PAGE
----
Barack Obama was telling a story about campaigning for the Senate in Illinois two years ago. He was on a road trip with Dick Durbin, the state's senior senator, he explained. They were traveling in downstate Illinois -- far away from Obama's home base of Chicago.
Obama paused before a rapt crowd at the California African American Museum in Exposition Park to deliver an aside: "And southern Illinois is the South."
"HEL-lo!" history professor Wanda Powell rang out in agreement.
"One place we went to was a place called Cairo, Ill.," Obama continued.
"The reason why everybody remembers Cairo is because back in the late '60s and early '70s, Cairo was the site of some of the worst racial violence."
That story ended with Obama and Durbin spotting people in Cairo sporting Obama buttons and ready to fete the candidate with barbecue.
But everyone at the museum already knew how the bigger story unfolded: Democrat Barack Obama -- the son of a black father from Kenya and a white mother from Kansas, as he fondly recited several times Friday -- electrified the 2004 Democratic National Convention as a speaker, won his Senate race and in two short years catapulted from junior senator to fantasy presidential candidate and Time magazine cover guy.
"We brought students here," said Powell, a history professor at Los Angeles Southwest College. "This is a historic moment."
Obama swung through Los Angeles on Friday, speaking to a crowd of 825 at the museum. Then -- with actor Ben Affleck -- he promoted Proposition 87 at a news conference at USC's Topping Student Center. Later in the afternoon he delivered a 14-minute speech in shirt sleeves at a campus rally with Democratic gubernatorial candidate Phil Angelides, Los Angeles Mayor Antonio Villaraigosa and just about every other California Democratic office holder who could find their way to USC.
People came to the day's events clutching copies of Obama's new book, their cameras and their hopes that he is the political force that can unify a divided country.
"We live in Orange County. We live behind the Orange Curtain," said Jona Knight, a human resources manager, as she waited in line to have her copy of Obama's "The Audacity of Hope" signed. "I'll get his signature on this book. I'll give this book to my grandchildren."
She came with her friend, Pamela Reeves, a paralegal and psychotherapist intern, who said: "It's not just blacks or African Americans -- there are a lot of people that feel like they can have a connection with this guy."
Even members of the on-campus chapter of the College Republicans, standing at the back of the Democratic rally with their Schwarzenegger signs, were diplomatic: "I'm not really on point with his views, but he's definitely a popular man," said Cheyenne Steel, a 19-year-old sophomore.
At the museum speech and book signing, sponsored by Eso Won Books and the Urban Issues Forum, Obama signed every volume. As though on an assembly line, people walked by, proffered a book -- and Obama, a left-hander who curls his fingers around the pen, flicked out his signature: a big B joined with a big O and a line shooting out from there.
Younger members of the museum crowd wanted him to go with the momentum and run for president in 2008. Older fans counseled caution. "He needs some more seasoning -- then there'll be time to run for president," said Quincy Beaver, 84, president of the Martin Luther King Jr. Democratic Club.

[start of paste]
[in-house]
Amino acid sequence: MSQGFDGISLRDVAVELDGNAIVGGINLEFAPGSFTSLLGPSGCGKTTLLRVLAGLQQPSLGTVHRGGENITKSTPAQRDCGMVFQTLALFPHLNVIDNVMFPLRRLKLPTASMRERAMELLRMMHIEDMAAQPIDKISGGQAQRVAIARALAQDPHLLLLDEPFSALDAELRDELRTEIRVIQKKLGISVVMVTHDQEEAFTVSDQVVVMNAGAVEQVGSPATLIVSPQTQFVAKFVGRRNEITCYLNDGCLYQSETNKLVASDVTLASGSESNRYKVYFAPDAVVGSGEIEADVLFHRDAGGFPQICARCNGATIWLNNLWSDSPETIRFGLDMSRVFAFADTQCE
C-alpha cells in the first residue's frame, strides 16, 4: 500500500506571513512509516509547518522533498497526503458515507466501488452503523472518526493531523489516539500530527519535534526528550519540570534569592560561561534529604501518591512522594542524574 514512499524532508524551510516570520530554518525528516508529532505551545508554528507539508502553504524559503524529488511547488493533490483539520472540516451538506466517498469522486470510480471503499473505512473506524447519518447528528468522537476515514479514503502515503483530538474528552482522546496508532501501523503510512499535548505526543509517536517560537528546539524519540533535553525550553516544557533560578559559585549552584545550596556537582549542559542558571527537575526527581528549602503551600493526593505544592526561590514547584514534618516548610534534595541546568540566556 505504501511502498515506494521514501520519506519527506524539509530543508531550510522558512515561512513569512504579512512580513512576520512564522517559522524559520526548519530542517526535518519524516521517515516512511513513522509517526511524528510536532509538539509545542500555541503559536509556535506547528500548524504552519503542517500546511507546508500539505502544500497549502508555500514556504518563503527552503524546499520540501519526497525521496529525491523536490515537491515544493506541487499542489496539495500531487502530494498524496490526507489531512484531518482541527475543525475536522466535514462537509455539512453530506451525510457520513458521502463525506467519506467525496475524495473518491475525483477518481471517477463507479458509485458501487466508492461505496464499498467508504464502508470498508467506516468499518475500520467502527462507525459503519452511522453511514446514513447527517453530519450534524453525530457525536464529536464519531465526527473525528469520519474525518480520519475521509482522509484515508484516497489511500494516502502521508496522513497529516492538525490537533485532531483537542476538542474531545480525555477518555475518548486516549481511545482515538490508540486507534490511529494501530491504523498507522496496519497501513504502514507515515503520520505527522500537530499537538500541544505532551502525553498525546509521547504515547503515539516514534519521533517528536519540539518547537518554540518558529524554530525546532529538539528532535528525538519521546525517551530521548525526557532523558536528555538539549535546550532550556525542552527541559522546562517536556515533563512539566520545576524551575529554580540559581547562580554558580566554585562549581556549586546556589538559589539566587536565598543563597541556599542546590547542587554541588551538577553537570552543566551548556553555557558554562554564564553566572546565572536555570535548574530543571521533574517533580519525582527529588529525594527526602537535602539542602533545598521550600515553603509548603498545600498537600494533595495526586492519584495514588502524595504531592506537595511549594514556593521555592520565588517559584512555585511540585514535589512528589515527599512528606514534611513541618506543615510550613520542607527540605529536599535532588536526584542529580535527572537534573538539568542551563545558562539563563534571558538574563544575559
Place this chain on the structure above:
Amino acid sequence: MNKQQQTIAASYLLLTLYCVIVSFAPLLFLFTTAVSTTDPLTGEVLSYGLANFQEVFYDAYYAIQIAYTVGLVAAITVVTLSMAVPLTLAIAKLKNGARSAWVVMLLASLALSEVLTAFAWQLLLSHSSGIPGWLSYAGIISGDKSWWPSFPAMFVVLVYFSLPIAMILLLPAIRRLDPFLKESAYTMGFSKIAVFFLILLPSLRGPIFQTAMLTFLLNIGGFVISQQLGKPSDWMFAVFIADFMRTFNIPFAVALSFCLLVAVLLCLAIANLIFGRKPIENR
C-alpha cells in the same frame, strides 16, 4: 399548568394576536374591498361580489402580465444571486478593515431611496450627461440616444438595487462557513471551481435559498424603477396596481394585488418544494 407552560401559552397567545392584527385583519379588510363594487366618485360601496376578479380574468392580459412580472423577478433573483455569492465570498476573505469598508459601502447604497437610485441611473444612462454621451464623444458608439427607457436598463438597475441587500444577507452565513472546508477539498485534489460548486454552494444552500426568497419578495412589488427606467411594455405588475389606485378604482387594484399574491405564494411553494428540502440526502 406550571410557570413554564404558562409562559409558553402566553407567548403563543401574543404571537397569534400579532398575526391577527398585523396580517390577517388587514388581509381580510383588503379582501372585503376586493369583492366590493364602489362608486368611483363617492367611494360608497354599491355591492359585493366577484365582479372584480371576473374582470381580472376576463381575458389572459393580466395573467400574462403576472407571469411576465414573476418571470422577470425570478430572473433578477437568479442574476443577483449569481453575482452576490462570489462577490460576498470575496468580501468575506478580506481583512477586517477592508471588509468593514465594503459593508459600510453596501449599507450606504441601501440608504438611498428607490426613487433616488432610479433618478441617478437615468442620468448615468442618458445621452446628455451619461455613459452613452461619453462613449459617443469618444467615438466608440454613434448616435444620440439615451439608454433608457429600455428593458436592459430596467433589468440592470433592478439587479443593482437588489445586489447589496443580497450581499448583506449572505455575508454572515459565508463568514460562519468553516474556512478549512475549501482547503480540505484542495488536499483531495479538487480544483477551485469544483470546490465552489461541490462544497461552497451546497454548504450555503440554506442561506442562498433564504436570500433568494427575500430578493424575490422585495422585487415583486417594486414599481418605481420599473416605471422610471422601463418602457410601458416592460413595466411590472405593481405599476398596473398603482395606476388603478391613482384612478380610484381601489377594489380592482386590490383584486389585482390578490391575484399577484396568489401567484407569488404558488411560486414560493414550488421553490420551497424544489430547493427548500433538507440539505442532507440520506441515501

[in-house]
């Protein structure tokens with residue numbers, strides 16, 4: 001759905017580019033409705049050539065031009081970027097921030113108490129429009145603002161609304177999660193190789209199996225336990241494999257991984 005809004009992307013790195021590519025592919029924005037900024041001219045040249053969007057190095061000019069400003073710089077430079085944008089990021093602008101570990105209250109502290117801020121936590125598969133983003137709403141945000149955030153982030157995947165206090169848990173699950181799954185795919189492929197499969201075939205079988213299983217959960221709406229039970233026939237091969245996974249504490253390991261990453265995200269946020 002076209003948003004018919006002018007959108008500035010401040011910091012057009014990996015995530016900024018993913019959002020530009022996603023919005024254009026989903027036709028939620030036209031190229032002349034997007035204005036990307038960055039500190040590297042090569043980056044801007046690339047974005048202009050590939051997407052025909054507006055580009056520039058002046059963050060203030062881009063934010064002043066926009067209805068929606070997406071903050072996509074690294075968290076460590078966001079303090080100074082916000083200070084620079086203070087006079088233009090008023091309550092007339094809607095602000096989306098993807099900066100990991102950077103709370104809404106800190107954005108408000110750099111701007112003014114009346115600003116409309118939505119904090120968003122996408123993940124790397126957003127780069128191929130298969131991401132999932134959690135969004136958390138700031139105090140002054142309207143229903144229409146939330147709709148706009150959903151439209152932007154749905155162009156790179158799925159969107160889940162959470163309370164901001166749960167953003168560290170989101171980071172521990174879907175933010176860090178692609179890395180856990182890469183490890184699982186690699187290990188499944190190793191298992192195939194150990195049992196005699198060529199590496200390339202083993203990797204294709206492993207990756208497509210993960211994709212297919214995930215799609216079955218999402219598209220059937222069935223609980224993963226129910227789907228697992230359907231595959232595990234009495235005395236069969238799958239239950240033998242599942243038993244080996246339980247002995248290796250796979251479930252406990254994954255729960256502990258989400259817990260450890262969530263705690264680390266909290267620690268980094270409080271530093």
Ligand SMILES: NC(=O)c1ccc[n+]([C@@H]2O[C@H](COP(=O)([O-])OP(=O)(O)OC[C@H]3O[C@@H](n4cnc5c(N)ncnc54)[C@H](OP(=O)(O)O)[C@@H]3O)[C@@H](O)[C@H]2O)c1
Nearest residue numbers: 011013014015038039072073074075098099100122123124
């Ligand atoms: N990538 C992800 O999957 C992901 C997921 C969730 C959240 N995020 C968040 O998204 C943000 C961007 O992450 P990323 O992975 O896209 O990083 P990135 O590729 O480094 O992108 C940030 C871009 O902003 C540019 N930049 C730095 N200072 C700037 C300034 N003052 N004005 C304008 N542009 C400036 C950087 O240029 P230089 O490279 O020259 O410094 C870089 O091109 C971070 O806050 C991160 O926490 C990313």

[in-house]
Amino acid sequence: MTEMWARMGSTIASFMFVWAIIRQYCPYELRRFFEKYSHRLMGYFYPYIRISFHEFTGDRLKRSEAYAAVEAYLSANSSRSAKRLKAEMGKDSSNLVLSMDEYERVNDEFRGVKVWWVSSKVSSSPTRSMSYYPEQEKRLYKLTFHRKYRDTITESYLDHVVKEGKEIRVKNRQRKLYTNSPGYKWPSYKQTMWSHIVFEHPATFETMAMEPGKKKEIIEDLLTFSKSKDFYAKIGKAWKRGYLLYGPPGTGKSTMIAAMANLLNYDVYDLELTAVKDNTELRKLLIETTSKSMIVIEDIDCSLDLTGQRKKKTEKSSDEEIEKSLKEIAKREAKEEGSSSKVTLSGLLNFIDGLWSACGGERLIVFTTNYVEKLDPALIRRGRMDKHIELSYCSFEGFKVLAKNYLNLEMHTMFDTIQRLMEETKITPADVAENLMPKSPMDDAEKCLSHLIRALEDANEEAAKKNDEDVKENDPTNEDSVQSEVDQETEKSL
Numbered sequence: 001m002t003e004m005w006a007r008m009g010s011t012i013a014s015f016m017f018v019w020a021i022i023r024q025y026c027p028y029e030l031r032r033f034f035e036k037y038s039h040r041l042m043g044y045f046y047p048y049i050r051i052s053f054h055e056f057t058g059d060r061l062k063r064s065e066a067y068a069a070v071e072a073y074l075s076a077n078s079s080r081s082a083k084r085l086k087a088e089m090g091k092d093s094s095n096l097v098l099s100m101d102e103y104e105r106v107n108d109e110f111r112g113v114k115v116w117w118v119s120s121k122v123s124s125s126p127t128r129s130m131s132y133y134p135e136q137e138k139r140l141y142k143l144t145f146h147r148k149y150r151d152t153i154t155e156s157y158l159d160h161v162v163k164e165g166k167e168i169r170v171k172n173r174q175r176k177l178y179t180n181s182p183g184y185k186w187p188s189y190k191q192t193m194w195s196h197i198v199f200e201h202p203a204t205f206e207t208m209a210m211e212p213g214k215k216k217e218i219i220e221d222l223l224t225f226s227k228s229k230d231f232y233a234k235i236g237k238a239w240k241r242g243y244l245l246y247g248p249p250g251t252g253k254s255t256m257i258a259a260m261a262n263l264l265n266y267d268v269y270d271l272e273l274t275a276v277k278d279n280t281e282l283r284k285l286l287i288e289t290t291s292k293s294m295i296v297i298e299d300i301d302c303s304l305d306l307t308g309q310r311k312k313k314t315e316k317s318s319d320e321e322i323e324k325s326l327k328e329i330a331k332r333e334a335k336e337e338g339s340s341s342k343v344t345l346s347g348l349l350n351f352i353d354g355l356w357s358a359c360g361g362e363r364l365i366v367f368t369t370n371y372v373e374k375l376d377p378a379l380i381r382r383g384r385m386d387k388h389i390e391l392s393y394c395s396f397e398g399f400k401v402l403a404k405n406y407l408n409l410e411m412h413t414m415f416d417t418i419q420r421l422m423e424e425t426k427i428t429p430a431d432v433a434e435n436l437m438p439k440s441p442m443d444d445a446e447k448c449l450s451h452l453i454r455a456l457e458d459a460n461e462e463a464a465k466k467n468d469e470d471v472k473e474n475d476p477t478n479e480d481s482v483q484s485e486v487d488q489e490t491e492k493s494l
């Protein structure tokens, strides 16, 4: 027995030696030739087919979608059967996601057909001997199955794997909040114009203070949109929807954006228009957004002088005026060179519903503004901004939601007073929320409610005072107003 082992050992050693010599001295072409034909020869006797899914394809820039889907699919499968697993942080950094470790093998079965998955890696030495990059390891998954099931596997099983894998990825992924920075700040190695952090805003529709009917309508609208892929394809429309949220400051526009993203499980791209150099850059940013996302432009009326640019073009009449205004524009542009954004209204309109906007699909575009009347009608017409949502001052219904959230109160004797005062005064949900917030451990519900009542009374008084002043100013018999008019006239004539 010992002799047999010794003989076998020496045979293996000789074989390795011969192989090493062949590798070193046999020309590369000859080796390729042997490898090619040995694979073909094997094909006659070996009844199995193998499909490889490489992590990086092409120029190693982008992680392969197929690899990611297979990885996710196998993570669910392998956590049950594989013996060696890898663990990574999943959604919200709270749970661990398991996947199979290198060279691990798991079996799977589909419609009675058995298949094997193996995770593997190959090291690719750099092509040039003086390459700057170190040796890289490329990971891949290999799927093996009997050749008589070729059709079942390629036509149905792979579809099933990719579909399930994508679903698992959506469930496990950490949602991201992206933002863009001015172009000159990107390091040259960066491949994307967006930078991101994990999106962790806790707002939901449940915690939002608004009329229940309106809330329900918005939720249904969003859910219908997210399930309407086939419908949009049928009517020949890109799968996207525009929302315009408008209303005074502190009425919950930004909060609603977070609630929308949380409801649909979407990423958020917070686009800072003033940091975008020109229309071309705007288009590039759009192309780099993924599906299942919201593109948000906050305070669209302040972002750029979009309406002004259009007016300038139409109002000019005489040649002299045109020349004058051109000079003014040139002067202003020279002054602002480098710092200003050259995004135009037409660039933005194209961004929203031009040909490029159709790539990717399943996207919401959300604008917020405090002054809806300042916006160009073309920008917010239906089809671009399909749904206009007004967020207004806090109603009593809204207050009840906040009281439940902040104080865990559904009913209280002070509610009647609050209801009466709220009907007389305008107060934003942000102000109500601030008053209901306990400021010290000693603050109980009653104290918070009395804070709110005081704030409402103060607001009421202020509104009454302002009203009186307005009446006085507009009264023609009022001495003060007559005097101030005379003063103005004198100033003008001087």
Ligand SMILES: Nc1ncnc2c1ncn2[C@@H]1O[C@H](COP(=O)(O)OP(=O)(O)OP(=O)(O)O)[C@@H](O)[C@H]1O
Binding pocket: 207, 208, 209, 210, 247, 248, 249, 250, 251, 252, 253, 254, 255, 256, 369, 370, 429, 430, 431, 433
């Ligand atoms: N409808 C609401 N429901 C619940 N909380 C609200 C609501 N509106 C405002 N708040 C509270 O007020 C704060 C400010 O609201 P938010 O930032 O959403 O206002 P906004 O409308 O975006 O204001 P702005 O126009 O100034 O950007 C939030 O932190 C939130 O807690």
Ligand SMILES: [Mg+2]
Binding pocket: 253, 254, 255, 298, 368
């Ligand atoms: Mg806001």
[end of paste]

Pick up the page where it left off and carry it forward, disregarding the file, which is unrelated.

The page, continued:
Some fretted like worried mothers: "I don't trust the powers-that-be not to have other plans for him," said Valaria Lincoln, 72. "I'm afraid for him."
There were no fears among the students who besieged Obama at USC, wearing Democratic buttons and hoisting cellphone cameras aloft to click him and Affleck as they spoke on behalf of Proposition 87, the Clean Alternative Energy Act.
"He has already proven himself to be the most galvanizing leader to come out of either party, in my opinion, in at least a decade," said Affleck, wearing an untucked blue shirt and gray trousers as he introduced Obama, who was in a white shirt and dark suit jacket and went tie-less all day. "
Obama reminded the audience that the proposition is opposed by the "big boys," meaning the oil companies. And he spoke of the overdependence on foreign oil. "We're sending $800 million a day to some of the most hostile nations and effectively funding both sides in the war on terror."
"It was nice to have Ben Affleck there," said Alexander Shams, a 16-year-old freshman, "but Barack Obama was the star."
At the rally for the Democratic Party in front of a flag-draped Doheny Library, Obama spoke last, after Villaraigosa and Angelides. Under a cloudless sky and bright sun, before hundreds, Obama removed his suit jacket and rolled up his shirt sleeves -- a stark contrast to the dark-suited, buttoned-up politicians around him.
"How you doing, USC?" he called out as the crowd roared in delight. "I'm fired up. I'm so fired up I had to take off my jacket."
Once more he went over his message: "We're all connected. We have a stake in each other," he said, "despite our much-vaunted individualism."
He continued: "There's just one ingredient it's going to take to make it happen on Nov. 7," he said. "That's all of you."
Then he managed to segue from Martin Luther King Jr.'s entreaty to his followers in the early days of the Selma marches -- not to give up but to stand together -- to Angelides (trailing the governor in double digits) and to how all Democrats standing with him would be a powerful force.
Then he was sent off with a crescendo of applause.